Publisher: IDW Publishing
Writer: Arvind Ethan David
Artist: Ilias Kyriazis
Release Date: 24th February, 2016
So it would seem that the first Dirk Gently limited series was something of a success, which is immensely pleasing, given quite how good it was to see Douglas Adams’ creation brought back to life once again. Successful enough that IDW have seen fit to put together a second limited series (no shit, right?) with an entirely new creative team offering their take on the Holistic Detective.
Arvind Ethan David may not necessarily be a name familiar to comic fans – this being the very first comic he’s ever written – but Adams fans may recognise him as the man who brought Dirk to the stage, and received the stamp of approval from the man himself. An unusual transition – playwright to comic writer – to be sure, but David is close to uniquely qualified to write a Gently story, and my word, does it show.
The opening page is immediately endearing – presenting a flashback to Dirk’s childhood that features him playing Uno for sweets against toys of Tom Baker’s Doctor Who, and Marvin the Paranoid Android. The problem with Time Lords, he opines, is that they never know when to fold – a magnificently British piece of scene setting, if ever I saw it. It is indeed all a flashback, and a snap-cut later we’re into the story and art proper – a mystery that’s been set in motion by a literally speechless family turns up at Dirk’s local private hospital on hallowe’en
Proving that lightning can absolutely strike twice, David’s dialogue and narration effortlessly captures the Adamsian lilt – Chris Ryall did a fantastic job of that with The Interconnectedness of All Kings, so when I say this is a step up from Ryall’s game, I’m not screwing around. A nonchalant silliness permeates the comic’s fabric – Dirk’s bumblings are more.. eh… bumble-y here, and the story does seem to have a slightly clearer course at this stage of the game. But irrespective of this, it’s funny throughout, and I for one had a big grin on my face the whole way through – even laughing out loud on at least 3 occasions, which is not an achievement to be sniffed at.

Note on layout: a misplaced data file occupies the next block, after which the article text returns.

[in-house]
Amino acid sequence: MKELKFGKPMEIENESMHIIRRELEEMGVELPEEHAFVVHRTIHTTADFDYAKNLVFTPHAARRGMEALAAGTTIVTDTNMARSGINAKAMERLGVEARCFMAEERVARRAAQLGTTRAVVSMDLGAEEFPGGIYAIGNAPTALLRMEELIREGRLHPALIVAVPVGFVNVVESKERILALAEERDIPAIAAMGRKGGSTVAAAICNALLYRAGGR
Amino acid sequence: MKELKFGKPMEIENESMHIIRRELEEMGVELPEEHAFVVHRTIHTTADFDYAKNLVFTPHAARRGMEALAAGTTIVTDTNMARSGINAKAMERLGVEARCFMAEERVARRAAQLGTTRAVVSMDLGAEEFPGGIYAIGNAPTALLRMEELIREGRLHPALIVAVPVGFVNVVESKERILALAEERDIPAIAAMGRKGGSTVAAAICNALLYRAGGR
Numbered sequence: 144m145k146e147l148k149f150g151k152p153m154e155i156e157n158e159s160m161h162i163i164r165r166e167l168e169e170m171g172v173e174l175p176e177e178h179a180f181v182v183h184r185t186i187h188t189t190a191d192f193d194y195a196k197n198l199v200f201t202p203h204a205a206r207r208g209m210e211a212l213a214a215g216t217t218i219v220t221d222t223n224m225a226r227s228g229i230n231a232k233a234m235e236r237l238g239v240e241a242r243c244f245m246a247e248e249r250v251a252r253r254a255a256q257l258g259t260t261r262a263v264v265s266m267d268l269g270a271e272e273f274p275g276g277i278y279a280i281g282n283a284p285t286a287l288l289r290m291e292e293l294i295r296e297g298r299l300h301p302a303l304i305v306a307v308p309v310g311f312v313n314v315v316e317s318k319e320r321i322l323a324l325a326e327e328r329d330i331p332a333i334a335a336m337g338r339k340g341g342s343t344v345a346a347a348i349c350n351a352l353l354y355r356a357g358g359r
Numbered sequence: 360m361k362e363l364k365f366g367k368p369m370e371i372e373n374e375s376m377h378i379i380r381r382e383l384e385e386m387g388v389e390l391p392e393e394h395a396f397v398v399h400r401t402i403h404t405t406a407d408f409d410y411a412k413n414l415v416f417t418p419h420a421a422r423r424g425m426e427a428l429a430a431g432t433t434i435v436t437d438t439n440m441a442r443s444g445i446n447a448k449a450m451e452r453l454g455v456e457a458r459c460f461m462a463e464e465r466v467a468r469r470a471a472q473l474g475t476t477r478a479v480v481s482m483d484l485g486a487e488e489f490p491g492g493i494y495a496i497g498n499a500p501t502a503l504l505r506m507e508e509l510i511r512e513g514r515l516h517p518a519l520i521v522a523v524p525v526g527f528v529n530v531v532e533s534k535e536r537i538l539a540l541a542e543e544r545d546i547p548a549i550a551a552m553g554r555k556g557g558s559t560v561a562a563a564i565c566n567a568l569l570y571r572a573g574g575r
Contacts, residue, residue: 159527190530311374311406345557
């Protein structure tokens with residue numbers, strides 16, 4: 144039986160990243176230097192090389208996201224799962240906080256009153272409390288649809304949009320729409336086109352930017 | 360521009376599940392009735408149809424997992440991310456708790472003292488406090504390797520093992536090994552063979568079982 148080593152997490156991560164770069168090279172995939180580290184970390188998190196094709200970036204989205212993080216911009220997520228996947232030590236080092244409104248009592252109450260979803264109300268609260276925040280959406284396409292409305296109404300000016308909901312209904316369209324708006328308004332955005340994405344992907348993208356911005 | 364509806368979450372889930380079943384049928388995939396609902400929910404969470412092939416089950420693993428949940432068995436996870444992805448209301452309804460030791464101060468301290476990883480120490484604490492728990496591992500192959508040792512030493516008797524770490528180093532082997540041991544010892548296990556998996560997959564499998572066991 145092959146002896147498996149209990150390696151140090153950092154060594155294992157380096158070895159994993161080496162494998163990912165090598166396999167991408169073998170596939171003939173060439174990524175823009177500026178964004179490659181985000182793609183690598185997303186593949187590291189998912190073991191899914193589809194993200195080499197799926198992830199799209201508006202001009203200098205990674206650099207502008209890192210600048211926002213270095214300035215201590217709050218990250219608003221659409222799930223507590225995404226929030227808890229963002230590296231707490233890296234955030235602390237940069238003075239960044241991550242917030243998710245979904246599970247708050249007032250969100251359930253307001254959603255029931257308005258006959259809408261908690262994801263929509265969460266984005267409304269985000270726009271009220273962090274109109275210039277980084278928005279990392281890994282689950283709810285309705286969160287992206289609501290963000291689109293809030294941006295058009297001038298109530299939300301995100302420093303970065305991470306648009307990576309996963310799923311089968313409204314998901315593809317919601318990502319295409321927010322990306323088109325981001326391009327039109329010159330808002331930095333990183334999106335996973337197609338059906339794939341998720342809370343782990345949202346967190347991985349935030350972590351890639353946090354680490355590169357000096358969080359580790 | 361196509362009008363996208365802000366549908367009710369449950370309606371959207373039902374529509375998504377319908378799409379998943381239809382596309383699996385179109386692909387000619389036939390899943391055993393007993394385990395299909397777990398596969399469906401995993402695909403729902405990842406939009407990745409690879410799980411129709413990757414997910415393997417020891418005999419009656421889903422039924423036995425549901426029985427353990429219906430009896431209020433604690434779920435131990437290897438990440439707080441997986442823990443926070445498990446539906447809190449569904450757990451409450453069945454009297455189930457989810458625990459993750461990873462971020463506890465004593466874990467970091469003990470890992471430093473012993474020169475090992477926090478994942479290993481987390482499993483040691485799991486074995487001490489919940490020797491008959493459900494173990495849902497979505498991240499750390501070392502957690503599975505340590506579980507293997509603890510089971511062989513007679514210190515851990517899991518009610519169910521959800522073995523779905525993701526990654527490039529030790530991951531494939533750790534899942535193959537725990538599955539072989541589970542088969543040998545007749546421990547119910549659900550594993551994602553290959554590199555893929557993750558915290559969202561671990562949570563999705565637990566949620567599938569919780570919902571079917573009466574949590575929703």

Kyriazis’ artwork is great – particularly in the contrast between the style used in the flashback, and that of the main story. Sharp lines and excellent form rendering are only occasionally marred by a bizzaro angle or two – all brought together beautifully by Kirchoff’s colouring, alternating between cheerfully bright and enigmatically moody.
The fact that this series even exists is a great sign that Adams’ timeless style of silliness hasn’t lost its appeal, and the fact that IDW have actively sought out people who have proven that they know this style inside-and-out only adds to the joy of the matter. If it continues in this form, the series’ll be on my ‘Best of 2016’ list the moment it ends in June. Follow the nearest stranger until you pass a comics shop, and grab this immediately afterwards.
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The Writer of this piece was: Ross Sweeney
Ross tweets from @Rostopher24